Edgar Summerlin, Pioneer of Liturgical Jazz, Dies at 78 | Playbill

Classic Arts News Edgar Summerlin, Pioneer of Liturgical Jazz, Dies at 78
Tenor saxophonist and composer Edgar E. Summerlin died at age 78 on October 10, reports The New York Times.
Summerlin was a pioneer in the field of jazz music for church services; one of his earliest works was Requiem for Mary Jo, written for the memorial service of his baby daughter. He also wrote a modern jazz setting for a prayer service written centuries earlier by John Wesley, the founder of Methodism.

He composed jazz services for a range of faiths, settings which were performed by jazz combos and orchestras. His purpose, writes the Times, was to create appealing music but also to challenge convention. He explained in a recent radio interview that he wanted to "get the congregation to change the way they approach the whole worship service."

Summerlin also founded the jazz program at the City College of New York, which he directed in the 1970s and '80s.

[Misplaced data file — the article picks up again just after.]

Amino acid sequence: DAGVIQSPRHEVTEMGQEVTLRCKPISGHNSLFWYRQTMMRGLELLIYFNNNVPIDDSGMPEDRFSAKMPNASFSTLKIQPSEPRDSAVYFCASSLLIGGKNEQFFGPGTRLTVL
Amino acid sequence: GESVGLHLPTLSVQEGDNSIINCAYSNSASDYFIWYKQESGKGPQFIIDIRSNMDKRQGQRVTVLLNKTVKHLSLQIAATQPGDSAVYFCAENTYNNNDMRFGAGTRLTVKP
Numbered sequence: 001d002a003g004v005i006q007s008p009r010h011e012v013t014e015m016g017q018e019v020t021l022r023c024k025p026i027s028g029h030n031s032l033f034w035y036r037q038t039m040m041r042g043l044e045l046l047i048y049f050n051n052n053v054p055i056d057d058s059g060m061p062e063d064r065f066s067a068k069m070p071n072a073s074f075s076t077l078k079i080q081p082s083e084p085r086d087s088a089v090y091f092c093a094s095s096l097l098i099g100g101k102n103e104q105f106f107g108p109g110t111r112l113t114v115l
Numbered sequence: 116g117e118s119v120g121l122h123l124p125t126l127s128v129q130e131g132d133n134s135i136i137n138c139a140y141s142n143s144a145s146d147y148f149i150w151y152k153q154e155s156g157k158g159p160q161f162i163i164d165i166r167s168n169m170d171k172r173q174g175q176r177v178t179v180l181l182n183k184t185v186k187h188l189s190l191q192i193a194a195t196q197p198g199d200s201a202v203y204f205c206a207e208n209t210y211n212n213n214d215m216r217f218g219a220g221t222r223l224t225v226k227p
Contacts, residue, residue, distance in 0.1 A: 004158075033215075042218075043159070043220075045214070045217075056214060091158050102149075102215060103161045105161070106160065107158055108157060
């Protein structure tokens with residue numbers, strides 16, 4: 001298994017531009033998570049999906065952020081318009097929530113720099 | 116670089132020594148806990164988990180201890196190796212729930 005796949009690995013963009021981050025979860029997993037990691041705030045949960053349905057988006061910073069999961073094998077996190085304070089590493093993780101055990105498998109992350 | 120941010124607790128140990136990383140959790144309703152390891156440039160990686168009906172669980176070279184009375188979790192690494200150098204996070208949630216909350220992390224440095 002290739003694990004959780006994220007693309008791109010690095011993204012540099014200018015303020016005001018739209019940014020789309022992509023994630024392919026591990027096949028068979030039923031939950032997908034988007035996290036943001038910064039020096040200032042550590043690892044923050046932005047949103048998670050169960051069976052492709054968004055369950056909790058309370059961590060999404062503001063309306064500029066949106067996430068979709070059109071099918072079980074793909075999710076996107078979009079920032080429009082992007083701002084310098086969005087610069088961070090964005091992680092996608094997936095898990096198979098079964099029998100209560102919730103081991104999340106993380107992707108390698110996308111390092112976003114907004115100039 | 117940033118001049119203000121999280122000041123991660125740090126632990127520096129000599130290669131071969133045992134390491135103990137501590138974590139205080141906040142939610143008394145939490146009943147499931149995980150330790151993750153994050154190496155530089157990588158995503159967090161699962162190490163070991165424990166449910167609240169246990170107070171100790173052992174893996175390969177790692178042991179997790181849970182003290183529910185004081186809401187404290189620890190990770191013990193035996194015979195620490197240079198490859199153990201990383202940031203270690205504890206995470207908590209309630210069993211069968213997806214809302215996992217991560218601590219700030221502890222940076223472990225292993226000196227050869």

Summerlin was born in Marianna, Florida, graduated from Central Missouri State University and received a master's degree from the Eastman School of Music in Rochester. He taught at North Texas State College, then at City College from 1971 to 1989, according to the paper.

He was active in the avant-garde scene of the 1960s and performed with leading jazz figures.

He died in Rhinebeck, New York, from pneumonia resulting from cancer treatments, according to the Times.

Click Here to Shop for Theatre
Merchandise in the Playbill Store

Explore Classic Arts:
Recommended Reading:

Blocking belongs
on the stage,
not on websites.

Our website is made possible by
displaying online advertisements to our visitors.

Please consider supporting us by
whitelisting playbill.com with your ad blocker.
Thank you!